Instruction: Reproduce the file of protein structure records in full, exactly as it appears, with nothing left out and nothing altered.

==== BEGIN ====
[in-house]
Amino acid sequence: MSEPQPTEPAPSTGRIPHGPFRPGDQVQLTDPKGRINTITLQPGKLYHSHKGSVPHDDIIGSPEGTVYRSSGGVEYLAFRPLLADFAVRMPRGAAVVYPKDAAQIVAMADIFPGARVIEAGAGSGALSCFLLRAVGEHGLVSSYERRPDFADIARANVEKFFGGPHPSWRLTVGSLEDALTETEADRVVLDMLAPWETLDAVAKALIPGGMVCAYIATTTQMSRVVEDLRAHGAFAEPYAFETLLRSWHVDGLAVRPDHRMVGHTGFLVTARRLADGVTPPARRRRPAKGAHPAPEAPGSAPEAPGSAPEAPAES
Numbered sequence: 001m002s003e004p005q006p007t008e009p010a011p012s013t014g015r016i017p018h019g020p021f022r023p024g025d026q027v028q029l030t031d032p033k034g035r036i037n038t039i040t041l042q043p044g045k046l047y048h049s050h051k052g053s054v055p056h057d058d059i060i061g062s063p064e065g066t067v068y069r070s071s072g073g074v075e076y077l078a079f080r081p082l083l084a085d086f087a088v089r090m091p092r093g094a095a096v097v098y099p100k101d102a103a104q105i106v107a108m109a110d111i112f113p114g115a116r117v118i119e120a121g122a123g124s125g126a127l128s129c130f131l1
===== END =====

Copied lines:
[in-house]
Amino acid sequence: MSEPQPTEPAPSTGRIPHGPFRPGDQVQLTDPKGRINTITLQPGKLYHSHKGSVPHDDIIGSPEGTVYRSSGGVEYLAFRPLLADFAVRMPRGAAVVYPKDAAQIVAMADIFPGARVIEAGAGSGALSCFLLRAVGEHGLVSSYERRPDFADIARANVEKFFGGPHPSWRLTVGSLEDALTETEADRVVLDMLAPWETLDAVAKALIPGGMVCAYIATTTQMSRVVEDLRAHGAFAEPYAFETLLRSWHVDGLAVRPDHRMVGHTGFLVTARRLADGVTPPARRRRPAKGAHPAPEAPGSAPEAPGSAPEAPAES
Numbered sequence: 001m002s003e004p005q006p007t008e009p010a011p012s013t014g015r016i017p018h019g020p021f022r023p024g025d026q027v028q029l030t031d032p033k034g035r036i037n038t039i040t041l042q043p044g045k046l047y048h049s050h051k052g053s054v055p056h057d058d059i060i061g062s063p064e065g066t067v068y069r070s071s072g073g074v075e076y077l078a079f080r081p082l083l084a085d086f087a088v089r090m091p092r093g094a095a096v097v098y099p100k101d102a103a104q105i106v107a108m109a110d111i112f113p114g115a116r117v118i119e120a121g122a123g124s125g126a127l128s129c130f131l1